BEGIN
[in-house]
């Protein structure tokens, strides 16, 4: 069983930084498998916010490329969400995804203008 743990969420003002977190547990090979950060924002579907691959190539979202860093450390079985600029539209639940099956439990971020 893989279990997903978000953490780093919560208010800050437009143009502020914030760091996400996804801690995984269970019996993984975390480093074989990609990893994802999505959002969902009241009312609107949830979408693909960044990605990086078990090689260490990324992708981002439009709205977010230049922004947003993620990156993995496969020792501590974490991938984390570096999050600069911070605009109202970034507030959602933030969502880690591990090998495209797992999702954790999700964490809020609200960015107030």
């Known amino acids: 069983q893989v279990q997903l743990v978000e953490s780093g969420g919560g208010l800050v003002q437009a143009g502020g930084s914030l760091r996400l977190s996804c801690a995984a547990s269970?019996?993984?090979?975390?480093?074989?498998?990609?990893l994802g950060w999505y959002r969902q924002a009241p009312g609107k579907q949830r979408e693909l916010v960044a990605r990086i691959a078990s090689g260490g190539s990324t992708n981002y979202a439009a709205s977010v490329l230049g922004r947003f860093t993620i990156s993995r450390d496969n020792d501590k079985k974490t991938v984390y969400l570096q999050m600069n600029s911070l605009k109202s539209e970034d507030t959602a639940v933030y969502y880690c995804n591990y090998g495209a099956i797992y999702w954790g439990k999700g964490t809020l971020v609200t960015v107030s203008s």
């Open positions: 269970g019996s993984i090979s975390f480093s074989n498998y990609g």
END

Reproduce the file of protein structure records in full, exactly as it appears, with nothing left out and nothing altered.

[in-house]
């Protein structure tokens, strides 16, 4: 069983930084498998916010490329969400995804203008 743990969420003002977190547990090979950060924002579907691959190539979202860093450390079985600029539209639940099956439990971020 893989279990997903978000953490780093919560208010800050437009143009502020914030760091996400996804801690995984269970019996993984975390480093074989990609990893994802999505959002969902009241009312609107949830979408693909960044990605990086078990090689260490990324992708981002439009709205977010230049922004947003993620990156993995496969020792501590974490991938984390570096999050600069911070605009109202970034507030959602933030969502880690591990090998495209797992999702954790999700964490809020609200960015107030």
């Known amino acids: 069983q893989v279990q997903l743990v978000e953490s780093g969420g919560g208010l800050v003002q437009a143009g502020g930084s914030l760091r996400l977190s996804c801690a995984a547990s269970?019996?993984?090979?975390?480093?074989?498998?990609?990893l994802g950060w999505y959002r969902q924002a009241p009312g609107k579907q949830r979408e693909l916010v960044a990605r990086i691959a078990s090689g260490g190539s990324t992708n981002y979202a439009a709205s977010v490329l230049g922004r947003f860093t993620i990156s993995r450390d496969n020792d501590k079985k974490t991938v984390y969400l570096q999050m600069n600029s911070l605009k109202s539209e970034d507030t959602a639940v933030y969502y880690c995804n591990y090998g495209a099956i797992y999702w954790g439990k999700g964490t809020l971020v609200t960015v107030s203008s």
């Open positions: 269970g019996s993984i090979s975390f480093s074989n498998y990609g």